Neuroethics

News and analysis on the implications of brain science

Philosophers and neuroscientists join forces to see whether science can solve the mystery of free will

by Bahar Gholipour

Science | March 21, 2019

A a new research program spanning 17 universities and backed by more than $7 million from two private foundations will bring neuroscientists and philosophers together to tackle two important questions: What does it take to have free will? And whatever that is, do we have it?

CRISPR Considerations

by Philip M. Boffey

dana.org | March 8, 2019

Without a strong global consensus on standards to govern gene-editing, another rogue scientist may be tempted to go astray. Neuroethics column from Brain in the News

Scientists Are Totally Rethinking Animal Cognition

by Ross Anderson

The Atlantic | March 1, 2019

What science can tell us about how other creatures experience the world.

Neuron: Special Issue on Neuroethics

Neuron | February 6, 2019

In this special issue, leaders from several international brain projects describe why and how they will integrate neuroethics into their projects.

To improve mental health treatments, scientists try to dissect the pieces that make them work

by Megan Thielking

STAT News | February 1, 2019

Many patients don’t respond to treatments. Many cycle through one treatment after another without any relief, hoping to eventually land on one that works. Others find treatments that work for them — but only for awhile. And scientists don’t fully know why that’s the case. A new research push is trying to figure it out.

Assisted Suicide Gains Momentum

by Philip M. Boffey

dana.org | January 17, 2019

The Oregon law, the template for many other states, takes a restrained and responsible approach.Neuroethics column for Brain in the News.

Neuroscience & Society Curriculum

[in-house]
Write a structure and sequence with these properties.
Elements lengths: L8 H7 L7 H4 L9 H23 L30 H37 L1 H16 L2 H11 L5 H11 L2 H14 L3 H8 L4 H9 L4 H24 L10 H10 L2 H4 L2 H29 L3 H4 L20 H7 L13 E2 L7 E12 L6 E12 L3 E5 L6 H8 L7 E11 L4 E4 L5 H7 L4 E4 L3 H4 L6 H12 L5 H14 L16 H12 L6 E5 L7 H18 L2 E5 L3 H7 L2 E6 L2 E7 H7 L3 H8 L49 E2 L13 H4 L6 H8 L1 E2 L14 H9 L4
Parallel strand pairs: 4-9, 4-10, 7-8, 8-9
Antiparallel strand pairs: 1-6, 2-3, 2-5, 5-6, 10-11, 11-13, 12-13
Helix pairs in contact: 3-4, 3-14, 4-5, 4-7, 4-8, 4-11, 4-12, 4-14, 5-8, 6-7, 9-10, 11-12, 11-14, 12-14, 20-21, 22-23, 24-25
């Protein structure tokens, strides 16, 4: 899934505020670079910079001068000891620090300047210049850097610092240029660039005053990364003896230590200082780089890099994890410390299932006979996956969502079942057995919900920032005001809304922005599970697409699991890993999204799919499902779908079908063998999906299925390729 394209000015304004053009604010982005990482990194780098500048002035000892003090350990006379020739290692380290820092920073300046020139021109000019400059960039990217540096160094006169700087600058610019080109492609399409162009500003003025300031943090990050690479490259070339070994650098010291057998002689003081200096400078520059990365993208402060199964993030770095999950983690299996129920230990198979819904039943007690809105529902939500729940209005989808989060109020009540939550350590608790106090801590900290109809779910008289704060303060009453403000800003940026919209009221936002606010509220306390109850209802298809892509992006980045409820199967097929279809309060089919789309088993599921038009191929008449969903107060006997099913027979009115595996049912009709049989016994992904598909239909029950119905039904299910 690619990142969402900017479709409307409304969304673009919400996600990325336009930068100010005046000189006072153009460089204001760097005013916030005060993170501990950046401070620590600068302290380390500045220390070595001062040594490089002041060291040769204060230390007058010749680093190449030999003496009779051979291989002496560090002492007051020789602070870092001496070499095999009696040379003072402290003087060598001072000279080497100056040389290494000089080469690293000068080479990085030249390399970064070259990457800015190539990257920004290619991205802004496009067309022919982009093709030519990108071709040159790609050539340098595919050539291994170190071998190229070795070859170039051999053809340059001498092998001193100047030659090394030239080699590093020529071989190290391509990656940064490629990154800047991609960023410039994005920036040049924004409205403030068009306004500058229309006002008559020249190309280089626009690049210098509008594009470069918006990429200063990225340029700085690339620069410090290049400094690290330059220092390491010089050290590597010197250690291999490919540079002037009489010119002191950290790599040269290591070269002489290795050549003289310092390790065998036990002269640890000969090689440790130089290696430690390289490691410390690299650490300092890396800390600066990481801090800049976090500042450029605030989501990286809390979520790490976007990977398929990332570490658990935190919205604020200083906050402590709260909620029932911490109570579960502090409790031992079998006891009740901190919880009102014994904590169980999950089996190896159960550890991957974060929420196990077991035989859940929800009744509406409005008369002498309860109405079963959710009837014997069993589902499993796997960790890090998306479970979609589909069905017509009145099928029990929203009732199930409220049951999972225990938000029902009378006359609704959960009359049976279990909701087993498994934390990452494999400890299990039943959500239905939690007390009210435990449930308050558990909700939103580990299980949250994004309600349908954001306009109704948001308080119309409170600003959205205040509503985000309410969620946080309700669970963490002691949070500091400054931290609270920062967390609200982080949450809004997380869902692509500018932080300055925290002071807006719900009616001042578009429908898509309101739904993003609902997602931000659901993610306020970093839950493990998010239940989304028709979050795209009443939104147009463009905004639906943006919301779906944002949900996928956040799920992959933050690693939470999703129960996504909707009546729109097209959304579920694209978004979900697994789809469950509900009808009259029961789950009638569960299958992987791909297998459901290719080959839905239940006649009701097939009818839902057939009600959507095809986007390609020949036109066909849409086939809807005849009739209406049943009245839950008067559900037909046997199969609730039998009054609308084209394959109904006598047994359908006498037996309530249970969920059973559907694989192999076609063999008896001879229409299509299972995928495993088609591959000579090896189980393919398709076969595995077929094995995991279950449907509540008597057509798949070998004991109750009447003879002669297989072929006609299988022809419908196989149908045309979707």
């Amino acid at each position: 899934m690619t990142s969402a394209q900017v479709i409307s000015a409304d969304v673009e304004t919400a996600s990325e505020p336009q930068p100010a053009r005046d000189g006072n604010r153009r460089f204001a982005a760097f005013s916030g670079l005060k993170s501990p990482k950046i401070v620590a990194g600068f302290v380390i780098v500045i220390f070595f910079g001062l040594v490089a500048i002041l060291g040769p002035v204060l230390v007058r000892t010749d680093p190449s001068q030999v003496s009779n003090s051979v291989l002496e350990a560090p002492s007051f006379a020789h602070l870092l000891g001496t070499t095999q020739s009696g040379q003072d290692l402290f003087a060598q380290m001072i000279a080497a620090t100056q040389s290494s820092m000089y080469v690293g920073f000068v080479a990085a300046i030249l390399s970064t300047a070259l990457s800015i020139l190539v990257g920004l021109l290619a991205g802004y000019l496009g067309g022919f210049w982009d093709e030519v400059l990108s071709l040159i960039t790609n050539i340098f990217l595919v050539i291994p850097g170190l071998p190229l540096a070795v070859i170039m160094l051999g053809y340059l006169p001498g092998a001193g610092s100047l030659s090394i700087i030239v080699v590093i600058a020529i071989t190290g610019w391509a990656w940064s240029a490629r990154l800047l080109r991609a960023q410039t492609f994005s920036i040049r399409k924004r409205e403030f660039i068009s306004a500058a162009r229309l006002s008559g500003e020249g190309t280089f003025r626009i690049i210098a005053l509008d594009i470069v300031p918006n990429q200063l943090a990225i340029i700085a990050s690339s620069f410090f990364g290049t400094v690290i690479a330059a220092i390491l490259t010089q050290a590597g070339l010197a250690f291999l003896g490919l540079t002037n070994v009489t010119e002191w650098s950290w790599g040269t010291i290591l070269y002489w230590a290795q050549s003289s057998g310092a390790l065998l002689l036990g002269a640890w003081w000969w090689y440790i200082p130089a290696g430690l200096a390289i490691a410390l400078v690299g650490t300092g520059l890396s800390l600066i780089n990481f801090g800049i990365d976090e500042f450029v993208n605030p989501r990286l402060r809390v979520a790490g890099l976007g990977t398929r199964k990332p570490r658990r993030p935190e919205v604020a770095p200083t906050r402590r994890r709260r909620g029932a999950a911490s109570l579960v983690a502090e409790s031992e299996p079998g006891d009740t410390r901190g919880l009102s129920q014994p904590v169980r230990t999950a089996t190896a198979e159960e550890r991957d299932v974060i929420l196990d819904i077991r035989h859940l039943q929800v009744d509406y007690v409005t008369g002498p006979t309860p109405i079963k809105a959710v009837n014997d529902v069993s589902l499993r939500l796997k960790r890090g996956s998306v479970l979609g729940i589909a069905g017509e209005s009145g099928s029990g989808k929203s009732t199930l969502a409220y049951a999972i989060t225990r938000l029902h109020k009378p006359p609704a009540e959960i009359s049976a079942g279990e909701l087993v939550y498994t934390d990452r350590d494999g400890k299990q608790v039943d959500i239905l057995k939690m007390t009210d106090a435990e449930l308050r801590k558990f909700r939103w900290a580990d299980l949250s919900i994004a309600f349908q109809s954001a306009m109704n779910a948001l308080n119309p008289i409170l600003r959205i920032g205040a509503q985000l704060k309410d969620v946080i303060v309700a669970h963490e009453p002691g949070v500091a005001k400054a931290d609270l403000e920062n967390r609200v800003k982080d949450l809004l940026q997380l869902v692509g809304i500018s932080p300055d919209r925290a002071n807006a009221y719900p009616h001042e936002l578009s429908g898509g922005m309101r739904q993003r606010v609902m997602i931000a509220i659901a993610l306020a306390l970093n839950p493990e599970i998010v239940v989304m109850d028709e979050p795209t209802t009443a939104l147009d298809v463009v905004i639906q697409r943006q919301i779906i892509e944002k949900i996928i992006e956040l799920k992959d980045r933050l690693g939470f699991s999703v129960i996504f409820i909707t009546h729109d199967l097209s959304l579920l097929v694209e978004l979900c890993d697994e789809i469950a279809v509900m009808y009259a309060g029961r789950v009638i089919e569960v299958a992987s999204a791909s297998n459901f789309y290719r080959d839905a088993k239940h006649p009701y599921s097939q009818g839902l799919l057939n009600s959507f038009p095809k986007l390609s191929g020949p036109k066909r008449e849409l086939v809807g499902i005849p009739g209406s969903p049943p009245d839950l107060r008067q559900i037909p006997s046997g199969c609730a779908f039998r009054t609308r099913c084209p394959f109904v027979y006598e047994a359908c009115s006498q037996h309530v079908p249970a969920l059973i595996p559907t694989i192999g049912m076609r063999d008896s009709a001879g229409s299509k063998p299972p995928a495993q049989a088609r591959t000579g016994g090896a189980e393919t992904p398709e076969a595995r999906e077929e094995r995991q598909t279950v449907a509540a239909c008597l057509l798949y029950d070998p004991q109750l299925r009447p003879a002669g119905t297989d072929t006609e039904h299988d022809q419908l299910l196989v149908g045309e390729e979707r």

December 20, 2018

The University of Pennsylvania’s Center for Neuroscience & Society and the Franklin Institute have jointly developed a new high school curriculum on “Neuroscience and Society,” tested and refined it with practice at several schools in Philadelphia, and now offer it free to all. Their site includes multimedia resources and activities on a range of topics where neuroscience and society intersect.

Neuroethics for the National Institutes of Health BRAIN Initiative

by Diana W. Bianchi, Judith A. Cooper, Joshua A. Gordon, Jill Heemskerk, Richard Hodes, George F. Koob, Walter J. Koroshetz, David Shurtleff, Paul A. Sieving, Nora D. Volkow, James D. Churchill and Khara M. Ramos

Journal of Neuroscience | December 12, 2018

As the NIH BRAIN Initiative continues to grow and increase our understanding of the human brain and how it functions, it should increasingly rely on a robust neuroethics infrastructure to identify and address neuroethical implications of the research it funds.

The Opioids Crisis: A Balancing Act

by Philip M. Boffey

Brain in the News | December 12, 2018

How can we reduce the easy availability of opioids that is fueling the epidemic without depriving pain-wracked people of the opioid pain-killers they desperately need? Neuroethics column by Phil Boffey for Brain in the News.

Video: The Neuroethics of Advertising

International Neuroethics Society | November 30, 2018

The good news is, no mind-controlling “buy button” exists. The bad news is, as neuroscience areas such as decision-making and reward processing advance, and our personal data accumulates online, there’s no guarantee it will never exist in the future. Videocast of session from the INS annual meeting.

Not Our Problem? The Neuroethical Implications of Youth Detainment

by Jean Ngoc Boulware

International Neuroethics Society | November 28, 2018

Each year the International Neuroethics Society (INS) holds a Student/Postdoc Essay Contest. The winner in the science communication category this year is Jean Ngoc Boulware, at the University of Chicago.

Personhood: Projection or Perception?

by Elizabeth M. Ingram

International Neuroethics Society | November 28, 2018

Each year the International Neuroethics Society (INS) holds a Student/Postdoc Essay Contest. The winner in the academic category this year is Elizabeth M. Ingram, at North Carolina State University.


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